Why I Dislike the Word “Religion”

Many Christians have long responded negatively to the word “religion” because Christianity is about relationship with God and should not be boiled down to a set of religious doctrines, institutional or liturgical practices. Reducing the Christian faith in this way has become problematic—no small part of the reason many westerners have rejected “religion.”

I have another reason that I struggle with the word “religion.” Generalizing terribly, the word has become a negative term which is used in the non-religious western discourse to categorise those who believe in the divine, and, in many cases, conveniently write them off.  To be religious means a person is one of those naïve people who still believes in a God or gods, those old “myths,”  who ignore science, and believe in, what is the equivalent of a mythical “flying spaghetti monster.”
For many, the religious are lumped together and directly or implicitly told to keep those “religious” views to themselves, within their gatherings—public discourse must be conducted without “religious language.” So strong is this that many Christians and organisations who engage in the public sphere play along with “the game,” fearing to use religious language, preferring to actively remove it from their communication to try to be influential. The problem is that as they play the game by “their rules,” they are selling out to the dominant ideology of the day and the gospel is lost in the noise. The world around usually sees through it anyway, and know where they are coming from.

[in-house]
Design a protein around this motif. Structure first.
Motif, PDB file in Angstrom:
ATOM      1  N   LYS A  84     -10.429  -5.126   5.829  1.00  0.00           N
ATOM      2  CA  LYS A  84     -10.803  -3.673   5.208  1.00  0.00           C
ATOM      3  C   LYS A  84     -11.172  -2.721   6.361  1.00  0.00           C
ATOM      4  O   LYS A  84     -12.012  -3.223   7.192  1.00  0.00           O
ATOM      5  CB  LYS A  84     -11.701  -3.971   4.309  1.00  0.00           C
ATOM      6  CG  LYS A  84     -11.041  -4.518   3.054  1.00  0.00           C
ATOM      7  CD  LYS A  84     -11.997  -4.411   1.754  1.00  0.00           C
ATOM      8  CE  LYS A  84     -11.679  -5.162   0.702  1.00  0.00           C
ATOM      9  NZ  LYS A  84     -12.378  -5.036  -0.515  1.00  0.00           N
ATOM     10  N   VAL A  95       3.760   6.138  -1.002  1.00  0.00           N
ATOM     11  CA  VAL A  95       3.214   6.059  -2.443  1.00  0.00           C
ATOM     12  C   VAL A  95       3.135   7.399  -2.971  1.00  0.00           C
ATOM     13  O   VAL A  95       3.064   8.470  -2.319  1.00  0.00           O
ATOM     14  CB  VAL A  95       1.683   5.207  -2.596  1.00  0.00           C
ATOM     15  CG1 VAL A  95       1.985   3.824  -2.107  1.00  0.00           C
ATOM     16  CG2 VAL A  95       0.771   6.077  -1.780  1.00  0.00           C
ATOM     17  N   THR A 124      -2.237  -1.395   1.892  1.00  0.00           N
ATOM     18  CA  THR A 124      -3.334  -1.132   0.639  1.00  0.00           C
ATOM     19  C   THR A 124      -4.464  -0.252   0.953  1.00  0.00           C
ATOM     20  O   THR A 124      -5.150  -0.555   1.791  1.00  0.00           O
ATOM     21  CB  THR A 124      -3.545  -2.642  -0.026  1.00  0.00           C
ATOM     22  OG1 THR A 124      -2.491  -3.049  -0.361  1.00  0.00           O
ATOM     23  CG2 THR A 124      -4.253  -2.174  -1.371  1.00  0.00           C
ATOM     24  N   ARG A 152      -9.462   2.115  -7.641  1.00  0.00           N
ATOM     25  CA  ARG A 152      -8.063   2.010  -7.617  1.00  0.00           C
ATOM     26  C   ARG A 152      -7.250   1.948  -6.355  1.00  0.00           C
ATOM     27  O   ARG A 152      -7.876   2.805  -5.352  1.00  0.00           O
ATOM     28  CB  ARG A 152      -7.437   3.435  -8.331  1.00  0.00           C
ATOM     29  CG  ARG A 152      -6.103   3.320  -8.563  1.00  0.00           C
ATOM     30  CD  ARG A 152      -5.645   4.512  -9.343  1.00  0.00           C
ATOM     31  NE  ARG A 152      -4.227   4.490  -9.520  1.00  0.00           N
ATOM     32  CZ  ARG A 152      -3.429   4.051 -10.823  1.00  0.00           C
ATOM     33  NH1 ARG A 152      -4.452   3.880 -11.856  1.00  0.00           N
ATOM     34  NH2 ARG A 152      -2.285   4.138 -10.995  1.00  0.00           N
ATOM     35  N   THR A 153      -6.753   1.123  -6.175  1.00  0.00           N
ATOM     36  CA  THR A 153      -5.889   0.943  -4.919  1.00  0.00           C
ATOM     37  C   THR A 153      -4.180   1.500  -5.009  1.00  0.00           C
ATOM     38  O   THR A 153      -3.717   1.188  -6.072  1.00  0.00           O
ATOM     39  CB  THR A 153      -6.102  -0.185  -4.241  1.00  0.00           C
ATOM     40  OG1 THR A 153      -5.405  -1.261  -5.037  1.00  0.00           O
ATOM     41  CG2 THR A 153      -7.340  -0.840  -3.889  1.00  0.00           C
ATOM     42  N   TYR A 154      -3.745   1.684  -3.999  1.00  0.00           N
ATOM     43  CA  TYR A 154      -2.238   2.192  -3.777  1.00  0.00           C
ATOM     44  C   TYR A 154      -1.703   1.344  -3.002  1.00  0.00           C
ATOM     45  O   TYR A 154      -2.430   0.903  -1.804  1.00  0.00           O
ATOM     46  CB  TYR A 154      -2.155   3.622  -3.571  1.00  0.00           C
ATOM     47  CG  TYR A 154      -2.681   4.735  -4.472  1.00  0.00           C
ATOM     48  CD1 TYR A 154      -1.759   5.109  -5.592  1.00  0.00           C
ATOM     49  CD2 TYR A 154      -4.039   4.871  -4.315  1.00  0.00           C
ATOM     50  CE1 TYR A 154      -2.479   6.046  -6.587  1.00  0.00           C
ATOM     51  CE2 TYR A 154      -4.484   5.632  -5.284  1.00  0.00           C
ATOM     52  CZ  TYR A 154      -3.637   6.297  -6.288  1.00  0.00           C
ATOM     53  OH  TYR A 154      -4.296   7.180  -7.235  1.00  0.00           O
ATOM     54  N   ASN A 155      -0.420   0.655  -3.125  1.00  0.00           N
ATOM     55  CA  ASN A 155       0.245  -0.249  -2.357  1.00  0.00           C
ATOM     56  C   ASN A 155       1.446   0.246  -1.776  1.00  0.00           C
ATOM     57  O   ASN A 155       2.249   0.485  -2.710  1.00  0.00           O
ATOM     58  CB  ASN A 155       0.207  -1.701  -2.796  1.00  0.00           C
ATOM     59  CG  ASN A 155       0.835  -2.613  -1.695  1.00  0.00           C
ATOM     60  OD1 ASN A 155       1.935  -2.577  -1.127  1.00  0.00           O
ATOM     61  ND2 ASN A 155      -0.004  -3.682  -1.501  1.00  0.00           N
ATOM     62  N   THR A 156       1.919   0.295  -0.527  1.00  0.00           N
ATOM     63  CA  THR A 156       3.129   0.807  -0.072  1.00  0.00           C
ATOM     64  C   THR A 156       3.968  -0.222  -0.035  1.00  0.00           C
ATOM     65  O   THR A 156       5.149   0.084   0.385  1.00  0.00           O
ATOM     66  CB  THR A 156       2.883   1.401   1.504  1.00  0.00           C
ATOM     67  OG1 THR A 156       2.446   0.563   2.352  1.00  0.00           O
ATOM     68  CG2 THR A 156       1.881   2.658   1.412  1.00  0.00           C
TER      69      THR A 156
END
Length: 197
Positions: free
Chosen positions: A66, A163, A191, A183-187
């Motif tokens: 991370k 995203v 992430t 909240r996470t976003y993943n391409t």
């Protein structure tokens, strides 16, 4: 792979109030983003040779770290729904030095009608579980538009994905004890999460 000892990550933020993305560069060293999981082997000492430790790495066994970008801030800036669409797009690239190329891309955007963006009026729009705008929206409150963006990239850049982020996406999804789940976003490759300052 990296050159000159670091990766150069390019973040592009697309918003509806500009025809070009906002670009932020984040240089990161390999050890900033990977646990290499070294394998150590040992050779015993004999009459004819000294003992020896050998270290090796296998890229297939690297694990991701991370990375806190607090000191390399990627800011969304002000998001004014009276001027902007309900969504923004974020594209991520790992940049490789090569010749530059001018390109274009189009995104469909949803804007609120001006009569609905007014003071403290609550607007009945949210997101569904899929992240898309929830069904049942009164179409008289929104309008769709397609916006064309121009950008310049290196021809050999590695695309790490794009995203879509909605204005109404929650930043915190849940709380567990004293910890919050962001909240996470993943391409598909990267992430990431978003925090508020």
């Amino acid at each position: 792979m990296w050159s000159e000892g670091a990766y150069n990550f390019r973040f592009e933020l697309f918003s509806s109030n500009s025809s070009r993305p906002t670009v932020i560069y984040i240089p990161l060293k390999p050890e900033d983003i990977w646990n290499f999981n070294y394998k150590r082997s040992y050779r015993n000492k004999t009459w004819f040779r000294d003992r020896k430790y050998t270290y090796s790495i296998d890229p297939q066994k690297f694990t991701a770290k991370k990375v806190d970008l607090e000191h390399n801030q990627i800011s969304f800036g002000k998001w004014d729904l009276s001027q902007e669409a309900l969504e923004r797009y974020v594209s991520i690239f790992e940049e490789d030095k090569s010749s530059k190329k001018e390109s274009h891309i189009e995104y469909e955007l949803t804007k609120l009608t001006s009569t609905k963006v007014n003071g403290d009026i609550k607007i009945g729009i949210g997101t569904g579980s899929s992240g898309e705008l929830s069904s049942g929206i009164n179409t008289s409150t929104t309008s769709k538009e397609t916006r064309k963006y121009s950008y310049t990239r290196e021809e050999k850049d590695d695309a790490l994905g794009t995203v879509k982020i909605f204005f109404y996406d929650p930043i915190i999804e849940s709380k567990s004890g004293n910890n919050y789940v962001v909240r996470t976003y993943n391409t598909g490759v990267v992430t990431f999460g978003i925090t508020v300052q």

What is religion? A religion has a view of life which includes an external cause (s) and in many cases, that this external cause (s) is behind the origins of the world and existence, has a prescribed view of how adherents (and sometimes others) should live depending on their view-point, and is considered when its followers make decisions. In actual fact, in each case, it is really just another philosophy which sees a bigger picture than the material. It differs from non-religious philosophy in that it has a different reference point. But in reality it is just a belief system, a world-view—and we all have one.
Non-religious philosophies are equally belief systems. They are also “religious” in that the worldview in mind is built on certain “faith” presuppositions. Without certitude that there is nothing divine and beyond except perhaps some aliens in this and possibly other universes, generally speaking, “they” have created a worldview that excludes the divine and any external influence (unless from within the material, e.g. aliens). Both “religious” and “non-religious” philosophies are simply philosophies, and have equal right to exist and be heard within public discourse. After all, no one can prove its hold on truth, there either is something out there, or there isn’t. Even among the “religious” of course there are massive differences in belief in what is out there, and the way they see the world varies greatly. Yet all have the same freedom to engage in discourse through their perspective.